On A Mission

In a world that salivates over cupcake boutiques and highlights how a Mercedes can actually save your life, I’d like to introduce you to a small place where values outrank status.

It’s a small school in a big city that reflects large goals such as demanding commitment, denying selfishness, accepting reality yet seeking improvement every day while putting the team above self.

No unrealistic honor code lives here. Just reality. And tons of wins.

The Butler Bulldogs, a team that lost with a failed last-gasp, “oh my goodness, that was so so close” heave at the buzzer to Duke in the Championship Game last year, check into the regional finals of the NCAA Tournament fresh off a defensive struggle against Wisconsin.

They’re still here.

Butler faces Florida on Saturday night in New Orleans as the Elite Eight dissolves into the Final Four. Head coach Brad Stevens knows this road very well. You remember Brad, don’t you? The 34-year-old head coach who comes across more like the starting point guard and less like the most impressive young coach in America. (Although he looks a little different this year. He’s wearing glasses.)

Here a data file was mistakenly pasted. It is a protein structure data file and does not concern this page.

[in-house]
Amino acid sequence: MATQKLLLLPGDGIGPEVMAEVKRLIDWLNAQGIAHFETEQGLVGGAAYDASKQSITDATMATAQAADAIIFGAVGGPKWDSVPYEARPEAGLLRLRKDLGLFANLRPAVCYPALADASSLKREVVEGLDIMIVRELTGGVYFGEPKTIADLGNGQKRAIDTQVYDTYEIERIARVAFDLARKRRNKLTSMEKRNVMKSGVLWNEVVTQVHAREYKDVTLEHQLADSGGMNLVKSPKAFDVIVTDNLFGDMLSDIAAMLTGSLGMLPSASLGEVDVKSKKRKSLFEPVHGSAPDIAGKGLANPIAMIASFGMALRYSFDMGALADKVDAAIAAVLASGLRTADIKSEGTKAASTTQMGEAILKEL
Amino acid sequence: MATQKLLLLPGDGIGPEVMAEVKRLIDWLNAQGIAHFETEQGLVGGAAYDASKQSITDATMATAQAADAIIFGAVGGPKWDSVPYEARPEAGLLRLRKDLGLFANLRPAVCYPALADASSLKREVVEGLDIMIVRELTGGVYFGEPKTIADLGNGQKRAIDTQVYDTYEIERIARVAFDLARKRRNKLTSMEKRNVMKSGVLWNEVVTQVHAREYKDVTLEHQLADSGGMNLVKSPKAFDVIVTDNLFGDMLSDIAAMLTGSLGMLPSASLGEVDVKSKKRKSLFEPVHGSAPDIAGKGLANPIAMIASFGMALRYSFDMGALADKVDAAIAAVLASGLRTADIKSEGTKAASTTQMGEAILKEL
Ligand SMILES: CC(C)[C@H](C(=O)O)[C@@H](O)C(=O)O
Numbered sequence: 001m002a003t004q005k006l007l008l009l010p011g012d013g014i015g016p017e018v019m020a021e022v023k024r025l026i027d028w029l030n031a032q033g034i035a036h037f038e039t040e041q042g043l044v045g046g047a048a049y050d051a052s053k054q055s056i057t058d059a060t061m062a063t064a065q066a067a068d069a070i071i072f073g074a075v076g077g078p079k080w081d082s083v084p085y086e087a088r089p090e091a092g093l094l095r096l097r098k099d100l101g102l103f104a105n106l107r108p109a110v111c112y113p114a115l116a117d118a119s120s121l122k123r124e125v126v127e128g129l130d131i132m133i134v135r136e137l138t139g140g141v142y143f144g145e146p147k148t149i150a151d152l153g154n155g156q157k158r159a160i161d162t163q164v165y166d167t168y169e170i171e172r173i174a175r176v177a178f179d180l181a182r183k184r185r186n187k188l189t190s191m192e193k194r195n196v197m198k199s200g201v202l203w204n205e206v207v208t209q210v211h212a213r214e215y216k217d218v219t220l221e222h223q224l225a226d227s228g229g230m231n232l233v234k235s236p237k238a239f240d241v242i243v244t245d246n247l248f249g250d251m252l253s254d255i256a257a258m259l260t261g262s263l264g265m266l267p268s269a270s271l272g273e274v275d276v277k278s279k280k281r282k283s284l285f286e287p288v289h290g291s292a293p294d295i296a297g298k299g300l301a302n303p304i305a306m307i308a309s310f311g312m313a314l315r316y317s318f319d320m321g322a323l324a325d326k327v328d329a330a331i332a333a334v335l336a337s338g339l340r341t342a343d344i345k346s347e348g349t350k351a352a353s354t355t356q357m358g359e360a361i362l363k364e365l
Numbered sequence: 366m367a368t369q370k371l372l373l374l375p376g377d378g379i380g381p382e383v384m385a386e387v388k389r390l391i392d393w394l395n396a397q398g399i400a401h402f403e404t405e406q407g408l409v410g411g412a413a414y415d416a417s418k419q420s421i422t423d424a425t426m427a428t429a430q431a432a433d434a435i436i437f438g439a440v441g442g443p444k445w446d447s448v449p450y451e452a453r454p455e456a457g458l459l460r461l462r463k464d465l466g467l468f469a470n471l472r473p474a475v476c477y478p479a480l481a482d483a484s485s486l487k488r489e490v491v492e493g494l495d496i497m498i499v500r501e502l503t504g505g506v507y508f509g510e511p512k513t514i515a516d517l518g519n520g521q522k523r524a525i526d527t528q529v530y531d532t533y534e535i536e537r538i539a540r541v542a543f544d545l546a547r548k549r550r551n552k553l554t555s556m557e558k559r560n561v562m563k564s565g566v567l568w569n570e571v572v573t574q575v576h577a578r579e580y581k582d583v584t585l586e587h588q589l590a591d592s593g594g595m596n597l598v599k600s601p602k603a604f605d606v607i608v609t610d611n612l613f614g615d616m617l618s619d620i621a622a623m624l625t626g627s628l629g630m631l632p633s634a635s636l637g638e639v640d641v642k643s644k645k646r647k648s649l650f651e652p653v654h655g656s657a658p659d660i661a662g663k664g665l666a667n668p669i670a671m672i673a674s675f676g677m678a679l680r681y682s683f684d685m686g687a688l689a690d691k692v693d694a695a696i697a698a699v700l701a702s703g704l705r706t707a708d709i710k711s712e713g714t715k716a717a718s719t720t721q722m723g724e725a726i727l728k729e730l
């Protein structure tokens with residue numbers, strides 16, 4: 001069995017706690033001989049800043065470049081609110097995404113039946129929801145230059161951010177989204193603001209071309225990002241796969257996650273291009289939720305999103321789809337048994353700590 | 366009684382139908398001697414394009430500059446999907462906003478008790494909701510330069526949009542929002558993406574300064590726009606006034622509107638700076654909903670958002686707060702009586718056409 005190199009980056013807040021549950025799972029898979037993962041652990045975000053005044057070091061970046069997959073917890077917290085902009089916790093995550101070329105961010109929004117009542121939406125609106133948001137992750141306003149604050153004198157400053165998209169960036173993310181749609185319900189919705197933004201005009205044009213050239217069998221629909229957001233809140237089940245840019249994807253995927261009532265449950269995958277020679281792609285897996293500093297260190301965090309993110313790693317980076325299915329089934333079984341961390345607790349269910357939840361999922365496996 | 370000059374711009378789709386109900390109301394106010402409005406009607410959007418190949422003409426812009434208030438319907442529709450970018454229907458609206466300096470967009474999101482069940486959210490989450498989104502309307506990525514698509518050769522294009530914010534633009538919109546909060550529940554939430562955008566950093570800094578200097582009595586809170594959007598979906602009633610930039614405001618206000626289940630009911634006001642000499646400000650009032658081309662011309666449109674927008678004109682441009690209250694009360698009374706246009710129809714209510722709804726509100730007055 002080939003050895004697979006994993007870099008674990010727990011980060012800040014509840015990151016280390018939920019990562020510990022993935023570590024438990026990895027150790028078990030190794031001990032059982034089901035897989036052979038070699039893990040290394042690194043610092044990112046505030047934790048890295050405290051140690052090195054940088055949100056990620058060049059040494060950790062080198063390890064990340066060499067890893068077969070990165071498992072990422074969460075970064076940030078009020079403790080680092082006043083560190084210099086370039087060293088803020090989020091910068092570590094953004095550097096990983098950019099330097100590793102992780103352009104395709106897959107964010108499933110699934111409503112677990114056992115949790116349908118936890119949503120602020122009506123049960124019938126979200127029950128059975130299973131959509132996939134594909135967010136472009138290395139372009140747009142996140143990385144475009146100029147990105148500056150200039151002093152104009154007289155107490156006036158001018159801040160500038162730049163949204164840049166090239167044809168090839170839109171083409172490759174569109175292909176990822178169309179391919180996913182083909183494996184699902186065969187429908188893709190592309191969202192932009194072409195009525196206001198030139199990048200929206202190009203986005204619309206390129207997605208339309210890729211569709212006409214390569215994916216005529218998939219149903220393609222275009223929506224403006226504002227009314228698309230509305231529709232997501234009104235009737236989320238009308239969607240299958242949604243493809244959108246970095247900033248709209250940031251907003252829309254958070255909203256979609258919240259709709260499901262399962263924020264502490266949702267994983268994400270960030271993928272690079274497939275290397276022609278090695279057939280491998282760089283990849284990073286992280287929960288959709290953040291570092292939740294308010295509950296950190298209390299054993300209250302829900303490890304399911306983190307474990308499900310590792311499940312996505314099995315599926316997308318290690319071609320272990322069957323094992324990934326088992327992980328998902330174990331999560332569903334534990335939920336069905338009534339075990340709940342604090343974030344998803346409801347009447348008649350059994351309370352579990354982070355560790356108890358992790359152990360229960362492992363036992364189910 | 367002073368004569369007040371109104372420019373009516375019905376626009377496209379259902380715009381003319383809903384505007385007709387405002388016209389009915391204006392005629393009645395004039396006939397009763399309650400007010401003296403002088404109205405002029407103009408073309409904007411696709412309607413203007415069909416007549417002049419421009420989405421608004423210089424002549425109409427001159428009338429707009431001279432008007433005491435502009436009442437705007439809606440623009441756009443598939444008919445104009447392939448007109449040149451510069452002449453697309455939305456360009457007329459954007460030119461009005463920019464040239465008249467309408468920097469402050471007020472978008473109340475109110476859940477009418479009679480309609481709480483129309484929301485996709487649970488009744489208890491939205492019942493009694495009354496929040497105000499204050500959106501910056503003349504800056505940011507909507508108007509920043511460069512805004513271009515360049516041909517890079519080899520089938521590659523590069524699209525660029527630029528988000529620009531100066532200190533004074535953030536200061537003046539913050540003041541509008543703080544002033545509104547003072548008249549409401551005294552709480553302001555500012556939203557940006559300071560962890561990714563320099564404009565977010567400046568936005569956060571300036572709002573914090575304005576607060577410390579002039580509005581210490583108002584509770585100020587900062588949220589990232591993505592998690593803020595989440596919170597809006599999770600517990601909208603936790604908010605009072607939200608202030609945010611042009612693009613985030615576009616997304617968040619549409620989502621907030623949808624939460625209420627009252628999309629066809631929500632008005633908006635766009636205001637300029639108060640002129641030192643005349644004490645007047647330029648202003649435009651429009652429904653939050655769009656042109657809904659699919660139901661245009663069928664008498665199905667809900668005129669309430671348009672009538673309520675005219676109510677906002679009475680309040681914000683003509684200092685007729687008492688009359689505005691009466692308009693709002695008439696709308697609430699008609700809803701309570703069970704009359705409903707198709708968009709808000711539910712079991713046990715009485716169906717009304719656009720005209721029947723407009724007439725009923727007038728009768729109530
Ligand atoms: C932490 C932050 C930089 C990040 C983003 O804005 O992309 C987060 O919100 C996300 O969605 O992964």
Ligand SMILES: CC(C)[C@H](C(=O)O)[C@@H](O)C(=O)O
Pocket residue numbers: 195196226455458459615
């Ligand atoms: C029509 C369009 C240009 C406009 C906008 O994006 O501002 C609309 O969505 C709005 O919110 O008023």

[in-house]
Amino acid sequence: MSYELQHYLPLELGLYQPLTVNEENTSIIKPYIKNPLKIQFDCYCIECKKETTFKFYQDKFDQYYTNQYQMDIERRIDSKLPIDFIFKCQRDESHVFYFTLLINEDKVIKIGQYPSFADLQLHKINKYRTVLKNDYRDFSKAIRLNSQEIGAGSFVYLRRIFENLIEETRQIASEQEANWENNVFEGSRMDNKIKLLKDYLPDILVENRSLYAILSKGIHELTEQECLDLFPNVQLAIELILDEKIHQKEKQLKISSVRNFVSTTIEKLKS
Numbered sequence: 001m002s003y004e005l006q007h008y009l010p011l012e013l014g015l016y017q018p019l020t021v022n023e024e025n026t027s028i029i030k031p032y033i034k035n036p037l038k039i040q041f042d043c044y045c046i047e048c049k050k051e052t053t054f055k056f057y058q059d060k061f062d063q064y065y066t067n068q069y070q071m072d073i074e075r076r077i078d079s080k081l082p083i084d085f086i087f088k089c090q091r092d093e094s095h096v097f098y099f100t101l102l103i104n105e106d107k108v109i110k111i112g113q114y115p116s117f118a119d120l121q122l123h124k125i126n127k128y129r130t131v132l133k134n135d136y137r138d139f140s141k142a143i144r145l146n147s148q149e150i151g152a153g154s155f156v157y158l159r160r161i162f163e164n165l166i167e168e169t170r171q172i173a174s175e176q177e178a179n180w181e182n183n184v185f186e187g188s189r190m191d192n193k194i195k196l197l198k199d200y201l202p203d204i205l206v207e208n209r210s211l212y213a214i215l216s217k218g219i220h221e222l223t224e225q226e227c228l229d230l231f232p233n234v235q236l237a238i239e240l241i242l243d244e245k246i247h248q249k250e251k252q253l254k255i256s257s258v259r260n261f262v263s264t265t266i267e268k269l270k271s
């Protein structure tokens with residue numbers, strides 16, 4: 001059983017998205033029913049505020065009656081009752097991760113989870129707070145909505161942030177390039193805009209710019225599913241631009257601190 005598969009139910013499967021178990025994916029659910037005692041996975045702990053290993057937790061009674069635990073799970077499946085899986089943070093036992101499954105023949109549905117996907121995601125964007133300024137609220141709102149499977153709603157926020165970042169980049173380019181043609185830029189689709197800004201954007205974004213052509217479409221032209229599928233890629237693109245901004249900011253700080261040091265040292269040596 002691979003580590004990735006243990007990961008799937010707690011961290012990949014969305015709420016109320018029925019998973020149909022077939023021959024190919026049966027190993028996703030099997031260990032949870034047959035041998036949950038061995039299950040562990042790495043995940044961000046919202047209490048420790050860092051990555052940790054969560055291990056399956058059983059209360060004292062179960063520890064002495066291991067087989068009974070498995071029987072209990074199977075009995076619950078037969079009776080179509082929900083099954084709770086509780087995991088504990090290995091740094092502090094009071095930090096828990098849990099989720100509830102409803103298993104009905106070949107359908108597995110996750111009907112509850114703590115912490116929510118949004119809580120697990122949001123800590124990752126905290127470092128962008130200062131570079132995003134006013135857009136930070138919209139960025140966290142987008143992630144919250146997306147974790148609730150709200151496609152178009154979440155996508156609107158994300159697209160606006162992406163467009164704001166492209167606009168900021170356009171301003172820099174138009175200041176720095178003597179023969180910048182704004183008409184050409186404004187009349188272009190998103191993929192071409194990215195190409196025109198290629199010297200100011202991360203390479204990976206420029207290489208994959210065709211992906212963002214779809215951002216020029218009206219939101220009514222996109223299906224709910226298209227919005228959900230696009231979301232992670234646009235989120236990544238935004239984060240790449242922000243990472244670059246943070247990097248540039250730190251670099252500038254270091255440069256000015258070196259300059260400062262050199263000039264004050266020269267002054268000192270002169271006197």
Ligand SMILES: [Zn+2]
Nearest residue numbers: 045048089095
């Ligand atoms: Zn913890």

“Obviously, we’re thrilled to still be playing,”  Stevens said. “I don’t think that this group goes into games not believing, and I don’t think that this group came here not believing. And so we’re going to see if we can’t try to get one on Saturday and move on.”

Statistically, it’s his worst season in four years as a head coach. Stevens suffered nine total losses and five conference defeats in the Horizon League, a mid-major that occasionally shows up on a network telecast.

This isn’t a “Hoosiers” story, even though Stevens coaches in the building where they filmed a few scenes from that movie.

Stevens isn’t Norman Dale.

The scoreboard matters to Stevens.

Get an instant “Dash of Dachille” on Twitter. Follow him at WBALDash.

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